Portrait: Gramain Vincent
The sonic pathfinder for Marc Bolan and David Bowie (but also Morrissey and Mary Hopkin) straddles glam and folk and prog and pop and is still twiddling knobs as he closes in on his eighties. In this extract from MOJO’s exclusive interview with Visconti, the producer discusses working with Bowie and Bolan in their nascent folkie years, the rivalry between glam rock’s two totems and working on Bowie’s final album, Blackstar…
Bowie was small-scale when you started working with him.
It was an economical thing. He could get gigs in a folk club with a 12-string guitar. He couldn’t afford to put a band together. Until I came along. I played bass, and I moved in with him and eventually we attracted John Cambridge and Mick Ronson and we became The Hype. His label wasn’t really friendly, even after Space Oddity, which was a massive hit. David wanted to tour with us, but there was no money to support us. So Angie [Bowie], who was very entrepreneurial, went to the label and said, “I want you to sign up The Hype. We’re gonna make a great record for you.” The guy said, “OK,” and we never made the record. We just used the advance to buy amps and drums.
Bolan and Bowie were friendly rivals. Was there any sense of crossing the floor when you worked with both of them?
I was working with both of them at the same time, loving them equally, doing my best for each of them. Then David had the first big hit. Marc saw it more as rivalry. David loved Marc, and was always kind to him. Marc was occasionally very catty and snipey. But it got better when he became more successful and they were on more equal terms.
You’d turned down the chance to produce Space Oddity, so your first big hit was T. Rex’s Ride A White Swan in 1970…
Yeah, the day my life changed, when that went to Number 2.
Bolan was a great pop star but soon people started saying he was 50 per cent talent, 50 per cent bullshit self-mythologising…
He was a poet. And a product of his own creation. He grew up on the streets of Hackney, but he had a beautiful accent, he was eloquent and articulate. He literally invented this person who wasn’t Marc Feld but Marc Bolan. He was two people in the same body. I met him when he was very humble, just a little bit of arrogance, which I knew was gonna grow…
He was clearly smart, so why wasn’t he smart enough to read the room once he became a star?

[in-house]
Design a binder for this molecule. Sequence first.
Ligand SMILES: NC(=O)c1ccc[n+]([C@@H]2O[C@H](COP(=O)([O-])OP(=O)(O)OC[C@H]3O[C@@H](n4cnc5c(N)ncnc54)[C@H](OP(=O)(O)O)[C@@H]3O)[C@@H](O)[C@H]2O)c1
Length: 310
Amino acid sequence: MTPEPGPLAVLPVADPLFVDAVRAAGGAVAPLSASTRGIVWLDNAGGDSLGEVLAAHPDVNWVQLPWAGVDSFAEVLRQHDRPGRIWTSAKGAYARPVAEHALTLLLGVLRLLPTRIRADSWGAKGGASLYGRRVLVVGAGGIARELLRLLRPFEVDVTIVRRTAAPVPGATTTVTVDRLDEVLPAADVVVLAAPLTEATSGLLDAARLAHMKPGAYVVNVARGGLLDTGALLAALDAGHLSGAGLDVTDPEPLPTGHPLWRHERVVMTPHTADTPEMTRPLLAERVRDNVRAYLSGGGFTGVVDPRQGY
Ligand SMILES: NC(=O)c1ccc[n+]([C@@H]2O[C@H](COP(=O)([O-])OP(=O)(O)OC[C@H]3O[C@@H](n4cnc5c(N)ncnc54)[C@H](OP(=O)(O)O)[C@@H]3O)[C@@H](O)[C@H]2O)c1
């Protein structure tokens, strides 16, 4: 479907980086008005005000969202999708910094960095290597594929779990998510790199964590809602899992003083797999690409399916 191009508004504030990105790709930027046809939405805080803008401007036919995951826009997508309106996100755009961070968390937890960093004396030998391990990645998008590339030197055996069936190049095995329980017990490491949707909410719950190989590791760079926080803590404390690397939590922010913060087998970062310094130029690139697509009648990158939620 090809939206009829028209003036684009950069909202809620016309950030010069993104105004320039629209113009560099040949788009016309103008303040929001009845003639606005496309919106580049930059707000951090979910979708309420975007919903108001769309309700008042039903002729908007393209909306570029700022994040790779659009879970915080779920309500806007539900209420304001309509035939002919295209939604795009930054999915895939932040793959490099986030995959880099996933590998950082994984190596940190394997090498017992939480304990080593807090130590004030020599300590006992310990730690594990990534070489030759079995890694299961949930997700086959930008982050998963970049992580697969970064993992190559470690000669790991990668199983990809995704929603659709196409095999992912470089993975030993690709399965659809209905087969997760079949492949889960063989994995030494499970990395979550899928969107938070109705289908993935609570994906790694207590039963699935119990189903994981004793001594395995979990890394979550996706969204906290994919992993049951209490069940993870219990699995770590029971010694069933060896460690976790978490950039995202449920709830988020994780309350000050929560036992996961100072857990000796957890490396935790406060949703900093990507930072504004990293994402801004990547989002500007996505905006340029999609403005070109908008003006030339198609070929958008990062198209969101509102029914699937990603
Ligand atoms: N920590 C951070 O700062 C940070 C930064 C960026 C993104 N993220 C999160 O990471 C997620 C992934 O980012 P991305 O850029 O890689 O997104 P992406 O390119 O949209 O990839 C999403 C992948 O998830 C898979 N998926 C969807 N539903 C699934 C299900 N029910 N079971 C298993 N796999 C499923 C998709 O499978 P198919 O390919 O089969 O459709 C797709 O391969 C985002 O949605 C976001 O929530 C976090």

Musically, he was limited. With his seven chords… I counted them. Whereas David, he could sit at a piano and play all kinds of jazz chords. All his early stuff showed that he was musically very interesting.
And Bowie immediately killed off Ziggy Stardust, his teenybop persona…
Yes. Whereas Marc had a big hit with Electric Warrior and repeated the formula again and again.
Did it feel strange when, after having worked so closely with Bowie on two albums, he had his breakthrough without you?
Hunky Dory is my favourite Bowie album. And then when he invented Ziggy, I went, Oh, this is fucking incredible. It’s not a David Bowie album. It’s a Ziggy Stardust album! No one had done that before.
How were you brought back into the fold?
It was Diamond Dogs. David was trying to produce himself for the first time, and he got lost. And he phoned me up. “Tony, I’m making this album. I’ve tried mixing all over town. But I’m not getting any mixes that I like.” And I had just built my home studio in Shepherd’s Bush. I think I was the first producer in this country to have a proper 16-track home studio, at this house in Melrose Terrace. The ground floor was entirely studio and in the basement were my echo plates. David comes round and I had no studio furniture yet, just a carpenter’s sawhorse. So we sat on that and I mixed the first track and he called me at, like, three in the morning and said, “It sounds fantastic.”
How different was the guy who made Blackstar from the boy you cut the Space Oddity album with?
When I met him, David was an eager young guy, very enthusiastic, he’d hardly met an American, so he was all over me. Once we started talking, we found out that we liked the same things. Before we had any success, for about two or three years we were just friends. We furthered our friendship by living under the same roof. We’d always have visitors over, Haddon Hall was practically an open house. I remember once we had some guy with an amazing quiff there and David was staring at him intensely all through this visit. And as soon as he left, David ran to the bathroom and combed his hair into that quiff. He was always open to any kind of influence. His antennae were always up.
Then in later years, wealth and fame introduced him to a whole circle of people who were out of my realm: very famous actors, gazillionaires and all that. He moved in the art world. He could speak eloquently on any subject and fit in anywhere. If [he was with] a bunch of Londoners he would go back to speaking like he came from Bromley. There was a lot of gravity about him in his final years, he was a deep thinker. But when he recorded Blackstar, when he knew that his time could be limited, it didn’t stop his sense of humour in any way. He was still very open and friendly. He told everyone, “I can’t come to the studio every day for medical reasons.” But he was still happy as anything to be in the studio.